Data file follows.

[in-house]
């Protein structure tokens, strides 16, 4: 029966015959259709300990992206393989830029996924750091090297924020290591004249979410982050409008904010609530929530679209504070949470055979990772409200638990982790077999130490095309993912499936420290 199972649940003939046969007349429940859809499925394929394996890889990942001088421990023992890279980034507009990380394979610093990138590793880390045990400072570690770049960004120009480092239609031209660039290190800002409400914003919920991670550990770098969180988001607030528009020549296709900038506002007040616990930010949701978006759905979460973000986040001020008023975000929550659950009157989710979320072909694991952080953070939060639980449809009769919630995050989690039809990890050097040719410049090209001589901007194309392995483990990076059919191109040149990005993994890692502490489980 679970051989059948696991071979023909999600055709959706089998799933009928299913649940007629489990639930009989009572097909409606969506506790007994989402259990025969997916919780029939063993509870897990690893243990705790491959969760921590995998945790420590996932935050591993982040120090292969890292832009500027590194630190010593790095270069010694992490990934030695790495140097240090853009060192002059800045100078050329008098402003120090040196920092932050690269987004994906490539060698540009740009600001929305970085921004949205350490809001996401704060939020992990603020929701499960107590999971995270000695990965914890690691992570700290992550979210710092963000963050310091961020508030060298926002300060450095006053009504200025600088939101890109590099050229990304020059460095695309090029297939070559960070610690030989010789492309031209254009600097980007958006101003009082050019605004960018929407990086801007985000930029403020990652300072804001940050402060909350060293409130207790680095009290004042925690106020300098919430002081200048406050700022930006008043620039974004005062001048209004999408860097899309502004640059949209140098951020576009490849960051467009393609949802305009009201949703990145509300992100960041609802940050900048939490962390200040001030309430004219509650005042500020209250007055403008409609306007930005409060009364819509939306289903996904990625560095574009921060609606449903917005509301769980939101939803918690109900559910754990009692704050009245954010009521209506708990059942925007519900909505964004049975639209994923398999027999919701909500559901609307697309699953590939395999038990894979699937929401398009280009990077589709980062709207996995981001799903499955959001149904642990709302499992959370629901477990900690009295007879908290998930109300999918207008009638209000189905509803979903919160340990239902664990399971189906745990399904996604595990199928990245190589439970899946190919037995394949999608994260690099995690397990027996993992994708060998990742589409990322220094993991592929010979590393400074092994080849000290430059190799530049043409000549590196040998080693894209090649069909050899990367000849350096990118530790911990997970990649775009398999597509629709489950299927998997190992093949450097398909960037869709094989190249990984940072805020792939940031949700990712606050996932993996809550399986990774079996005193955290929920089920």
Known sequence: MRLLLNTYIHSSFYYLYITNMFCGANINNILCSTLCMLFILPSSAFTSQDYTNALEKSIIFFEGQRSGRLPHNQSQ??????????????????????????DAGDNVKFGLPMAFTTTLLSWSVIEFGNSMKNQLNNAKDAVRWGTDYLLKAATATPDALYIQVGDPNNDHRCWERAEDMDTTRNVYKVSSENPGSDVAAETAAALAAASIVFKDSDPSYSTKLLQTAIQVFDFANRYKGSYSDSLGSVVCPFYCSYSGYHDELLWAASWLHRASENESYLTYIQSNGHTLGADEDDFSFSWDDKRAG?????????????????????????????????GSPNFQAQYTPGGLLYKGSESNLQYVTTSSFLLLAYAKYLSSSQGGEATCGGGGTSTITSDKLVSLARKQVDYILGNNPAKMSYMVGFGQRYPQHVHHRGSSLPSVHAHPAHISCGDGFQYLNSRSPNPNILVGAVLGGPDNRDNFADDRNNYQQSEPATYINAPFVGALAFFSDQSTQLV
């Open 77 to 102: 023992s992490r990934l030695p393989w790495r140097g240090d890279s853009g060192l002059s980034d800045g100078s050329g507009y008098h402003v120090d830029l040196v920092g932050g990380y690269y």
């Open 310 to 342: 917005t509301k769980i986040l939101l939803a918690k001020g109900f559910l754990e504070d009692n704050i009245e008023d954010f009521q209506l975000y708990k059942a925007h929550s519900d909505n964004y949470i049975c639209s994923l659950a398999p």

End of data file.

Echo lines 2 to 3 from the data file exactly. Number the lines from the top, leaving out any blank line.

């Protein structure tokens, strides 16, 4: 029966015959259709300990992206393989830029996924750091090297924020290591004249979410982050409008904010609530929530679209504070949470055979990772409200638990982790077999130490095309993912499936420290 199972649940003939046969007349429940859809499925394929394996890889990942001088421990023992890279980034507009990380394979610093990138590793880390045990400072570690770049960004120009480092239609031209660039290190800002409400914003919920991670550990770098969180988001607030528009020549296709900038506002007040616990930010949701978006759905979460973000986040001020008023975000929550659950009157989710979320072909694991952080953070939060639980449809009769919630995050989690039809990890050097040719410049090209001589901007194309392995483990990076059919191109040149990005993994890692502490489980 679970051989059948696991071979023909999600055709959706089998799933009928299913649940007629489990639930009989009572097909409606969506506790007994989402259990025969997916919780029939063993509870897990690893243990705790491959969760921590995998945790420590996932935050591993982040120090292969890292832009500027590194630190010593790095270069010694992490990934030695790495140097240090853009060192002059800045100078050329008098402003120090040196920092932050690269987004994906490539060698540009740009600001929305970085921004949205350490809001996401704060939020992990603020929701499960107590999971995270000695990965914890690691992570700290992550979210710092963000963050310091961020508030060298926002300060450095006053009504200025600088939101890109590099050229990304020059460095695309090029297939070559960070610690030989010789492309031209254009600097980007958006101003009082050019605004960018929407990086801007985000930029403020990652300072804001940050402060909350060293409130207790680095009290004042925690106020300098919430002081200048406050700022930006008043620039974004005062001048209004999408860097899309502004640059949209140098951020576009490849960051467009393609949802305009009201949703990145509300992100960041609802940050900048939490962390200040001030309430004219509650005042500020209250007055403008409609306007930005409060009364819509939306289903996904990625560095574009921060609606449903917005509301769980939101939803918690109900559910754990009692704050009245954010009521209506708990059942925007519900909505964004049975639209994923398999027999919701909500559901609307697309699953590939395999038990894979699937929401398009280009990077589709980062709207996995981001799903499955959001149904642990709302499992959370629901477990900690009295007879908290998930109300999918207008009638209000189905509803979903919160340990239902664990399971189906745990399904996604595990199928990245190589439970899946190919037995394949999608994260690099995690397990027996993992994708060998990742589409990322220094993991592929010979590393400074092994080849000290430059190799530049043409000549590196040998080693894209090649069909050899990367000849350096990118530790911990997970990649775009398999597509629709489950299927998997190992093949450097398909960037869709094989190249990984940072805020792939940031949700990712606050996932993996809550399986990774079996005193955290929920089920």
Known sequence: MRLLLNTYIHSSFYYLYITNMFCGANINNILCSTLCMLFILPSSAFTSQDYTNALEKSIIFFEGQRSGRLPHNQSQ??????????????????????????DAGDNVKFGLPMAFTTTLLSWSVIEFGNSMKNQLNNAKDAVRWGTDYLLKAATATPDALYIQVGDPNNDHRCWERAEDMDTTRNVYKVSSENPGSDVAAETAAALAAASIVFKDSDPSYSTKLLQTAIQVFDFANRYKGSYSDSLGSVVCPFYCSYSGYHDELLWAASWLHRASENESYLTYIQSNGHTLGADEDDFSFSWDDKRAG?????????????????????????????????GSPNFQAQYTPGGLLYKGSESNLQYVTTSSFLLLAYAKYLSSSQGGEATCGGGGTSTITSDKLVSLARKQVDYILGNNPAKMSYMVGFGQRYPQHVHHRGSSLPSVHAHPAHISCGDGFQYLNSRSPNPNILVGAVLGGPDNRDNFADDRNNYQQSEPATYINAPFVGALAFFSDQSTQLV